But we all know what happens when good directors get a little too full of themselves…they make Supercult Classics!
Boorman has some of the worst films of all time on his resume including ‘Where the Heart Is’, ‘Beyond Rangoon’, and ‘Exorcist II: The Heretic’, but Zardoz was the one that started it all. Somewhere hidden beneath lines of dialogue like, “Stay close to me, inside my aura!” is a pretty damn good sci-fi premise akin to Planet of the Apes or Logan’s Run, but unlike those films, which are intentionally provocative or strange on accident, Zardoz tells the audience from the get-go that what they are watching is a satirical abstraction. Zardoz tackles weighty themes like eugenics, artificial intelligence, and the pursuit of knowledge. Zardoz asserts that it is death that gives life meaning. It also has a pretty solid character arc about a barbarian educating himself and seeking revenge on the society that holds him down. It’s obvious that Boorman attempted to make his own version of 1984 or 2001: A Space Odyssey but what reached the screen was a cavalcade of confusing imagery that’s positively dripping with confusing symbolism, iconography, and religious and Freudian allegory. Within the first 10 minutes of the film, the giant stone head of Zardoz floats down to it’s followers, declares, “The Gun is Good! The Penis is Evil!” and then vomits a pile of rifles and ammunition onto the ground. Explain that and you might be worthy of Supercult Sainthood yourself!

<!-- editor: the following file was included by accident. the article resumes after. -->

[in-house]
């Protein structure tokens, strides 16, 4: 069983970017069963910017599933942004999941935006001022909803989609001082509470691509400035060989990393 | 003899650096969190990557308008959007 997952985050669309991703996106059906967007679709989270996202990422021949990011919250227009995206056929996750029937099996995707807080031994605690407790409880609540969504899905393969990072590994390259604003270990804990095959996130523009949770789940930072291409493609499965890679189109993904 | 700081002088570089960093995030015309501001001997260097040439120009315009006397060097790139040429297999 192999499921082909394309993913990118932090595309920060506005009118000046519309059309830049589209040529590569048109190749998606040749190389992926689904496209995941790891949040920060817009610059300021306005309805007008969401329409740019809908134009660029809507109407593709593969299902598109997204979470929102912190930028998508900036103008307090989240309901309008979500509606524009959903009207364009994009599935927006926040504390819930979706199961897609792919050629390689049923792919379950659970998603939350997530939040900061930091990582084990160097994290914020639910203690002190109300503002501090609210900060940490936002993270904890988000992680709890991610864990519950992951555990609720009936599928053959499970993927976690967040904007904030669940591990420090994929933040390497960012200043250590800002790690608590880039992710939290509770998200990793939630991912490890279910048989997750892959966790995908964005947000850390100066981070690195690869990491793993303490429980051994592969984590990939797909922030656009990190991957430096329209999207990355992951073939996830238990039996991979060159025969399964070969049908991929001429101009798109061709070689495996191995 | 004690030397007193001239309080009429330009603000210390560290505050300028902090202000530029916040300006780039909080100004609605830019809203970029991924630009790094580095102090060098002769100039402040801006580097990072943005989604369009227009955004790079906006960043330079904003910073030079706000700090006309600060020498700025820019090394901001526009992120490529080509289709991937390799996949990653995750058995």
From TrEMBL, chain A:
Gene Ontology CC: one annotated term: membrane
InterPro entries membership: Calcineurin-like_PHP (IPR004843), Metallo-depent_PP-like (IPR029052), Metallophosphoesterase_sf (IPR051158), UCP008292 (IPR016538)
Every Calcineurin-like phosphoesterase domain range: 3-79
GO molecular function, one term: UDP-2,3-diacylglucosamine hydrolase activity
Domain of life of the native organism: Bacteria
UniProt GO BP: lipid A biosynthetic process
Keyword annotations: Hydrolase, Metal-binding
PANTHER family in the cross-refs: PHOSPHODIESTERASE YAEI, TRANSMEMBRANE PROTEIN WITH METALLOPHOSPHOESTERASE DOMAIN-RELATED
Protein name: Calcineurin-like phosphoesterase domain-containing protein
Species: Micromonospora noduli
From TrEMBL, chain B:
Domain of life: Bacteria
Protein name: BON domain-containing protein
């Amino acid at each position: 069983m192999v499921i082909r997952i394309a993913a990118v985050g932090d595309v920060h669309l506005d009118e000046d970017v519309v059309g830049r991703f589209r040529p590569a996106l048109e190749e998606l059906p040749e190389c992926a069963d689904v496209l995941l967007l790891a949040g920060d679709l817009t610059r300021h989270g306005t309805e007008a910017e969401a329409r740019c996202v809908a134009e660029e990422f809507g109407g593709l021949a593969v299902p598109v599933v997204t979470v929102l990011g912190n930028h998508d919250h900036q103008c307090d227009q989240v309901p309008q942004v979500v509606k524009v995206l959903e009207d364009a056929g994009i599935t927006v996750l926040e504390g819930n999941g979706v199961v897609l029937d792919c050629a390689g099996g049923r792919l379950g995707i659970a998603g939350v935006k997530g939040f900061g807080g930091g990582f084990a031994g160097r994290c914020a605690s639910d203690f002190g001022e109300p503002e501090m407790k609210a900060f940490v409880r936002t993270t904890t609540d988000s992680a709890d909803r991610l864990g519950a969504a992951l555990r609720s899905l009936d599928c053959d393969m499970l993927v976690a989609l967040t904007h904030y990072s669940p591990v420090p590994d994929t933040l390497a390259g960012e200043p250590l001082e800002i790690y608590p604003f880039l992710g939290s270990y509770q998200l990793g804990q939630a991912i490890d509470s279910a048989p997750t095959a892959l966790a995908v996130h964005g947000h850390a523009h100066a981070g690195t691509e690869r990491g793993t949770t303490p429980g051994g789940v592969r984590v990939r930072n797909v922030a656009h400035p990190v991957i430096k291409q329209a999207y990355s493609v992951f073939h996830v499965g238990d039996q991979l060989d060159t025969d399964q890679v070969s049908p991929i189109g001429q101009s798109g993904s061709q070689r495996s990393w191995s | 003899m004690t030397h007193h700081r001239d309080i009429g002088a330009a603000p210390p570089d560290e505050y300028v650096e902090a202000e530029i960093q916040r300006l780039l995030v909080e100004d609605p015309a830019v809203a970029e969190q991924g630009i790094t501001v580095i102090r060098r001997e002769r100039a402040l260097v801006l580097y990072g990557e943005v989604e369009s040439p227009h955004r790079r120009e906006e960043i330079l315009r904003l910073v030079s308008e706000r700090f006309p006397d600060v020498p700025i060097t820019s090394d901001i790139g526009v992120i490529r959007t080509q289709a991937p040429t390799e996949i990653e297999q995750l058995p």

John Boorman really is a man of extremes…